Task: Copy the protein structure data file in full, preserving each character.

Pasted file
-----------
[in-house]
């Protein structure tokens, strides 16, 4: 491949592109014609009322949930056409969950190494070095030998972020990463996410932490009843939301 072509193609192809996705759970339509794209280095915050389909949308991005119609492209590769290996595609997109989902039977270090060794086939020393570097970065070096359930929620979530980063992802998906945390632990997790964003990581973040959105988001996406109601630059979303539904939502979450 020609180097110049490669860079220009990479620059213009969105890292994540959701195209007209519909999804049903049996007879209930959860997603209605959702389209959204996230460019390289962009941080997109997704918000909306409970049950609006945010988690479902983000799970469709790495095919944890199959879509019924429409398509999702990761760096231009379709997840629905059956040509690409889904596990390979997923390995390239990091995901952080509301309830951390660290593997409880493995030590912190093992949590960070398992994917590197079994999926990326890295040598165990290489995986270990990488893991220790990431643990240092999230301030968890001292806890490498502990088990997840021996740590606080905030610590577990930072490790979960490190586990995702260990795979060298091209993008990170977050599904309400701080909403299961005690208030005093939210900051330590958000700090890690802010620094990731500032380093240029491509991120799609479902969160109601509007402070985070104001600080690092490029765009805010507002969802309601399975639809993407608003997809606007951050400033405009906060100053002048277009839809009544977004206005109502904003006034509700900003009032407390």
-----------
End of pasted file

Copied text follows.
[in-house]
């Protein structure tokens, strides 16, 4: 491949592109014609009322949930056409969950190494070095030998972020990463996410932490009843939301 072509193609192809996705759970339509794209280095915050389909949308991005119609492209590769290996595609997109989902039977270090060794086939020393570097970065070096359930929620979530980063992802998906945390632990997790964003990581973040959105988001996406109601630059979303539904939502979450 020609180097110049490669860079220009990479620059213009969105890292994540959701195209007209519909999804049903049996007879209930959860997603209605959702389209959204996230460019390289962009941080997109997704918000909306409970049950609006945010988690479902983000799970469709790495095919944890199959879509019924429409398509999702990761760096231009379709997840629905059956040509690409889904596990390979997923390995390239990091995901952080509301309830951390660290593997409880493995030590912190093992949590960070398992994917590197079994999926990326890295040598165990290489995986270990990488893991220790990431643990240092999230301030968890001292806890490498502990088990997840021996740590606080905030610590577990930072490790979960490190586990995702260990795979060298091209993008990170977050599904309400701080909403299961005690208030005093939210900051330590958000700090890690802010620094990731500032380093240029491509991120799609479902969160109601509007402070985070104001600080690092490029765009805010507002969802309601399975639809993407608003997809606007951050400033405009906060100053002048277009839809009544977004206005109502904003006034509700900003009032407390």